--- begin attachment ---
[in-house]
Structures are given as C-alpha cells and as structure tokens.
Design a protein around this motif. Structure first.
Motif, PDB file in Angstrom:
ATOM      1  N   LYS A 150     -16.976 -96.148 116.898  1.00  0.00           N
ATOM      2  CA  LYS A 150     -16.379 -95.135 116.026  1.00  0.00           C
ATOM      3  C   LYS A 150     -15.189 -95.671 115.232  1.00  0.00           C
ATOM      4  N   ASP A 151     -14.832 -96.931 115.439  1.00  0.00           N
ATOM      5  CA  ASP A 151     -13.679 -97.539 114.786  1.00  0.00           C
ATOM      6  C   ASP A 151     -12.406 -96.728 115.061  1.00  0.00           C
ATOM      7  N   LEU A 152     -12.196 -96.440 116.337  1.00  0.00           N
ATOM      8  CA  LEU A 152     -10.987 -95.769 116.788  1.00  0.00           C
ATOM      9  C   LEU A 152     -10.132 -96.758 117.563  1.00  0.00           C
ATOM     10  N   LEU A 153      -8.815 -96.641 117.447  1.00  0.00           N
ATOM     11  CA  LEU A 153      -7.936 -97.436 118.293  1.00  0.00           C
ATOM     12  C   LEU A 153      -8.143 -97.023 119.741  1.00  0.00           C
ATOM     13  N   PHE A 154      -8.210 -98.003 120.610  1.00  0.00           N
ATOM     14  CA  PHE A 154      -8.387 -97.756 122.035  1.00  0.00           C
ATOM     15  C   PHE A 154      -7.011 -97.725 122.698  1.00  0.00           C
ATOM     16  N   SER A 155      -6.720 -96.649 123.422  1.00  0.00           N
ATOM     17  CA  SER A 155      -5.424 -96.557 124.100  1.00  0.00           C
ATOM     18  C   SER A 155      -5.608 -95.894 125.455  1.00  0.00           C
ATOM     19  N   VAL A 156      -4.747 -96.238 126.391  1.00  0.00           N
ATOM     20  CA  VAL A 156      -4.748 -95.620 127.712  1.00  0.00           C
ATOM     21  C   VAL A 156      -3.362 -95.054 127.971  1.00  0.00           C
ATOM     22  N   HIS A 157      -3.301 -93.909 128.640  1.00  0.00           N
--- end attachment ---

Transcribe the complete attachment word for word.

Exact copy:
[in-house]
Structures are given as C-alpha cells and as structure tokens.
Design a protein around this motif. Structure first.
Motif, PDB file in Angstrom:
ATOM      1  N   LYS A 150     -16.976 -96.148 116.898  1.00  0.00           N
ATOM      2  CA  LYS A 150     -16.379 -95.135 116.026  1.00  0.00           C
ATOM      3  C   LYS A 150     -15.189 -95.671 115.232  1.00  0.00           C
ATOM      4  N   ASP A 151     -14.832 -96.931 115.439  1.00  0.00           N
ATOM      5  CA  ASP A 151     -13.679 -97.539 114.786  1.00  0.00           C
ATOM      6  C   ASP A 151     -12.406 -96.728 115.061  1.00  0.00           C
ATOM      7  N   LEU A 152     -12.196 -96.440 116.337  1.00  0.00           N
ATOM      8  CA  LEU A 152     -10.987 -95.769 116.788  1.00  0.00           C
ATOM      9  C   LEU A 152     -10.132 -96.758 117.563  1.00  0.00           C
ATOM     10  N   LEU A 153      -8.815 -96.641 117.447  1.00  0.00           N
ATOM     11  CA  LEU A 153      -7.936 -97.436 118.293  1.00  0.00           C
ATOM     12  C   LEU A 153      -8.143 -97.023 119.741  1.00  0.00           C
ATOM     13  N   PHE A 154      -8.210 -98.003 120.610  1.00  0.00           N
ATOM     14  CA  PHE A 154      -8.387 -97.756 122.035  1.00  0.00           C
ATOM     15  C   PHE A 154      -7.011 -97.725 122.698  1.00  0.00           C
ATOM     16  N   SER A 155      -6.720 -96.649 123.422  1.00  0.00           N
ATOM     17  CA  SER A 155      -5.424 -96.557 124.100  1.00  0.00           C
ATOM     18  C   SER A 155      -5.608 -95.894 125.455  1.00  0.00           C
ATOM     19  N   VAL A 156      -4.747 -96.238 126.391  1.00  0.00           N
ATOM     20  CA  VAL A 156      -4.748 -95.620 127.712  1.00  0.00           C
ATOM     21  C   VAL A 156      -3.362 -95.054 127.971  1.00  0.00           C
ATOM     22  N   HIS A 157      -3.301 -93.909 128.640  1.00  0.00           N